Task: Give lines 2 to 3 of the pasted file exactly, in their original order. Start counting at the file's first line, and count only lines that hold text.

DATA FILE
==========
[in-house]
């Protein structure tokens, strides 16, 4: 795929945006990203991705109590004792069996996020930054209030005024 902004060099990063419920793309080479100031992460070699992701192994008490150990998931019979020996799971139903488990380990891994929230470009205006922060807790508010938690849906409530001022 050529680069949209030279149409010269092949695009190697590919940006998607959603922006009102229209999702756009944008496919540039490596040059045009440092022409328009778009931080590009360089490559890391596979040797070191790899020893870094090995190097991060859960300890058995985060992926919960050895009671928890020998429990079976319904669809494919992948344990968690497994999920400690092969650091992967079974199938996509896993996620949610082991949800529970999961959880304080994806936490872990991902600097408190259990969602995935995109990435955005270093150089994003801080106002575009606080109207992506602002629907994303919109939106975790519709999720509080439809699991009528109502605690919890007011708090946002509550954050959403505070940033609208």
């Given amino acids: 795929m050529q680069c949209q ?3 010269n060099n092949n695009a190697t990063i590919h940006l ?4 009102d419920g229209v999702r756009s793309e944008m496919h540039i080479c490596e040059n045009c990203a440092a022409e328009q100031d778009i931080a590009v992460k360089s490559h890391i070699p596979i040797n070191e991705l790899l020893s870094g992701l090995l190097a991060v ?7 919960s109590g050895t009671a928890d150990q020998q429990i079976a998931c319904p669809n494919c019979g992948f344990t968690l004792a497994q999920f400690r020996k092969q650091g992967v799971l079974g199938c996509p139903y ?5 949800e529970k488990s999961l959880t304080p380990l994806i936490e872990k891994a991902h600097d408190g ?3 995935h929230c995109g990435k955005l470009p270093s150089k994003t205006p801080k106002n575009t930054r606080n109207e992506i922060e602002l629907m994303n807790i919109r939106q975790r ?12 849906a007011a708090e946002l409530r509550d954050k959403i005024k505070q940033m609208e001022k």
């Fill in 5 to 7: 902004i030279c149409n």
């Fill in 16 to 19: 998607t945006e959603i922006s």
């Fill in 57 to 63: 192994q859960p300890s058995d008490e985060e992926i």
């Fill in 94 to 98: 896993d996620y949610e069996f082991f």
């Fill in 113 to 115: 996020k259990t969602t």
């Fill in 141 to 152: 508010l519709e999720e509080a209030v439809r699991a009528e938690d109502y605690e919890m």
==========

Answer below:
């Protein structure tokens, strides 16, 4: 795929945006990203991705109590004792069996996020930054209030005024 902004060099990063419920793309080479100031992460070699992701192994008490150990998931019979020996799971139903488990380990891994929230470009205006922060807790508010938690849906409530001022 050529680069949209030279149409010269092949695009190697590919940006998607959603922006009102229209999702756009944008496919540039490596040059045009440092022409328009778009931080590009360089490559890391596979040797070191790899020893870094090995190097991060859960300890058995985060992926919960050895009671928890020998429990079976319904669809494919992948344990968690497994999920400690092969650091992967079974199938996509896993996620949610082991949800529970999961959880304080994806936490872990991902600097408190259990969602995935995109990435955005270093150089994003801080106002575009606080109207992506602002629907994303919109939106975790519709999720509080439809699991009528109502605690919890007011708090946002509550954050959403505070940033609208």
């Given amino acids: 795929m050529q680069c949209q ?3 010269n060099n092949n695009a190697t990063i590919h940006l ?4 009102d419920g229209v999702r756009s793309e944008m496919h540039i080479c490596e040059n045009c990203a440092a022409e328009q100031d778009i931080a590009v992460k360089s490559h890391i070699p596979i040797n070191e991705l790899l020893s870094g992701l090995l190097a991060v ?7 919960s109590g050895t009671a928890d150990q020998q429990i079976a998931c319904p669809n494919c019979g992948f344990t968690l004792a497994q999920f400690r020996k092969q650091g992967v799971l079974g199938c996509p139903y ?5 949800e529970k488990s999961l959880t304080p380990l994806i936490e872990k891994a991902h600097d408190g ?3 995935h929230c995109g990435k955005l470009p270093s150089k994003t205006p801080k106002n575009t930054r606080n109207e992506i922060e602002l629907m994303n807790i919109r939106q975790r ?12 849906a007011a708090e946002l409530r509550d954050k959403i005024k505070q940033m609208e001022k």